Uncertainty over the end point for the European Central Bank’s unprecedented bout of interest-rate hiking will hang over the region as warnings about its worsening economic prospects grow louder.
(Bloomberg) — Uncertainty over the end point for the European Central Bank’s unprecedented bout of interest-rate hiking will hang over the region as warnings about its worsening economic prospects grow louder.
While data released Friday suggested the 20-nation euro zone managed to grow in the second quarter — with Germany, it’s biggest member, just about exiting a recession — the outlook has soured notably of late.
Inflation, meanwhile, is set to remain well above the 2% target over the summer, leaving policymakers in Frankfurt in no shape to declare victory after a yearlong campaign that’s included nine rate increases.
The upshot is that the ECB’s next meeting in September may well be just another stop on the journey to peak rates. Markets expect one more move but don’t exclude that hike arriving as late as December. For a region whose short-term outlook has already deteriorated, according to President Christine Lagarde, that’s a big question mark.
“Even if we were to take a break in September, it would be premature to consider it automatically the end of the cycle,” Governing Council member Peter Kazimir said Friday, urging another “firm step” toward a peak he described as “within reach.”
Kazimir spoke after figures out of France provided some cheer: Second-quarter gross domestic product unexpectedly jumped by 0.5% from the previous three months and inflation abated in July. Spain, too, saw robust output of 0.4%, though that marked a slowdown and consumer-price gains wrong-footed analysts by quickening.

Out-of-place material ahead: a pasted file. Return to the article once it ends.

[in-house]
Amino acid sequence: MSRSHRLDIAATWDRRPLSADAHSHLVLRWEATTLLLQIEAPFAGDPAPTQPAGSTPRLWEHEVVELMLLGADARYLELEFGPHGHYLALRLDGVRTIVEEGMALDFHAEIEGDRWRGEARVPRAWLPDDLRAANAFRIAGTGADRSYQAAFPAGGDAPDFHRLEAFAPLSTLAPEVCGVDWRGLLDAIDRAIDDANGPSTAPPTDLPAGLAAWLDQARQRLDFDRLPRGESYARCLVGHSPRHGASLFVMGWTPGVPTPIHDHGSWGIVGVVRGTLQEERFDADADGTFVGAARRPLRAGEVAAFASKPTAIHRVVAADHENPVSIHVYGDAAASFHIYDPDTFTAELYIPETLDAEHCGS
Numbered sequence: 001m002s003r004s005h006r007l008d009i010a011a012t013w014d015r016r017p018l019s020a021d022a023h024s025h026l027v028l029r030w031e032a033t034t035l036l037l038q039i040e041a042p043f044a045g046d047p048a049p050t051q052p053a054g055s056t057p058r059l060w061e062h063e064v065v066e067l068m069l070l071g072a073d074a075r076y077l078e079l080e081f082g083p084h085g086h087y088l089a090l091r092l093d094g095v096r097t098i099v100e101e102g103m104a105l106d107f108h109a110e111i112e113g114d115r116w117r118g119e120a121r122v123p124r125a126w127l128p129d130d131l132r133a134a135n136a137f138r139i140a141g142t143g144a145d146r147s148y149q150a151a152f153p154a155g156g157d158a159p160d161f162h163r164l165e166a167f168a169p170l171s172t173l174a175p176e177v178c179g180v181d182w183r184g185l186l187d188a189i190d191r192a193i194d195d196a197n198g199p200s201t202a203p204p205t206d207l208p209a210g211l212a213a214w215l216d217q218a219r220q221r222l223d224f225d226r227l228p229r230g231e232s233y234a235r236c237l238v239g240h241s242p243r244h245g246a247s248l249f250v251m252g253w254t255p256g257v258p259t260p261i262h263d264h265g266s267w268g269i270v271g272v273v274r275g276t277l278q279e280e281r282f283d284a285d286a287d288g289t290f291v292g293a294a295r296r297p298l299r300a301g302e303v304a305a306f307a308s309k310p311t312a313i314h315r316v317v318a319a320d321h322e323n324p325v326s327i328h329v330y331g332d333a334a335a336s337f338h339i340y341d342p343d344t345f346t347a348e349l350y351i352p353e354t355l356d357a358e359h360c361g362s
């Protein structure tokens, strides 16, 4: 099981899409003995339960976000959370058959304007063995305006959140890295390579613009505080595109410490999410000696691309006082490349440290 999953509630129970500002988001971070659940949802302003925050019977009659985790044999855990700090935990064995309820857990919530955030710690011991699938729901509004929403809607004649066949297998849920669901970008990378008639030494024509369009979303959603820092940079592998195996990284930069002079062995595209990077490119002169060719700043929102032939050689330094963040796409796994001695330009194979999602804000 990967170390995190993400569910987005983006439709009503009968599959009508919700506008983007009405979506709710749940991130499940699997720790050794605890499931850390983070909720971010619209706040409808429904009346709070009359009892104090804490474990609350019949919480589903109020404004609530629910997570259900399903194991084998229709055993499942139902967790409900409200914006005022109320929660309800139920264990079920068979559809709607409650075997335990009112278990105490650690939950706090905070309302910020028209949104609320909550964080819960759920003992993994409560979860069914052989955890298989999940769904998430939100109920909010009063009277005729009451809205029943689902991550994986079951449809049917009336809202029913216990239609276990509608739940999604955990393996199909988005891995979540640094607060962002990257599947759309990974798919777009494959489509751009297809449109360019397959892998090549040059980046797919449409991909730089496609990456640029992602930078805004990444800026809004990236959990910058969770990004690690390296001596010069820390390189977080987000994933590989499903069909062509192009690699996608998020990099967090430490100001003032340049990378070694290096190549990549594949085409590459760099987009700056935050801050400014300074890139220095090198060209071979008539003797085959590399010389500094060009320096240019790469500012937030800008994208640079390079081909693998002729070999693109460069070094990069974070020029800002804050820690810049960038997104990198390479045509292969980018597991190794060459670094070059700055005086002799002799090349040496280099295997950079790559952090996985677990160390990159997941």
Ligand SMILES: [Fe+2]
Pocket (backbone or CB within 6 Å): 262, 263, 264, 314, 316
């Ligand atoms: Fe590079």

Germany remained the main weak spot. GDP there was unchanged between April and June following two quarters of contraction. Inflation eased somewhat this month but at 6.5% is more than three times the goal. Some are talking of stagflation.
The euro area as a whole reports its second-quarter growth reading on Monday, with economists estimating an expansion of 0.2%. But doubts are arising over how long it can keep its head above water.
Confidence in the region has deteriorated sharply in recent weeks and sentiment surveys signal it will only get worse from here as higher rates continue to filter through to the economy. Services, long a stronghold for growth amid a protracted manufacturing malaise, have begun to weaken. The ECB has even sounded the alarm on the so-far sturdy labor market.
For some officials, the signs are enough to call time on hikes.
“If there’s one more — and I hardly see the case for it — in September, I think we will stop there,” Greek central bank chief Yannis Stournaras said Friday.
His French counterpart, Francois Villeroy de Galhau, wasn’t quite so explicit but did echo Lagarde in saying that future rate announcements aren’t pre-determined.
“Decisions at coming meetings will from now on be open and be entirely guided by economic data to come,” he said.
Wage negotiations across the currency bloc will be key. To take just two examples, talks covering employees in retail, wholesale and foreign trade in Germany are scheduled to last at least through September, while in Ireland, the government is only set to decide in the autumn by how much the minimum wage will rise in 2024.
With such processes very much still up in the air, the path ahead may not be as obvious as many had been assuming.
“Perhaps there will be a pause in September,” Lithuanian central bank head Gediminas Simkus told reporters in Vilnius. “But we may need to hike again in October.”
–With assistance from Milda Seputyte, William Horobin, Daniel Hornak and Paul Tugwell.
(Updates with German inflation in seventh paragraph.)
More stories like this are available on bloomberg.com
©2023 Bloomberg L.P.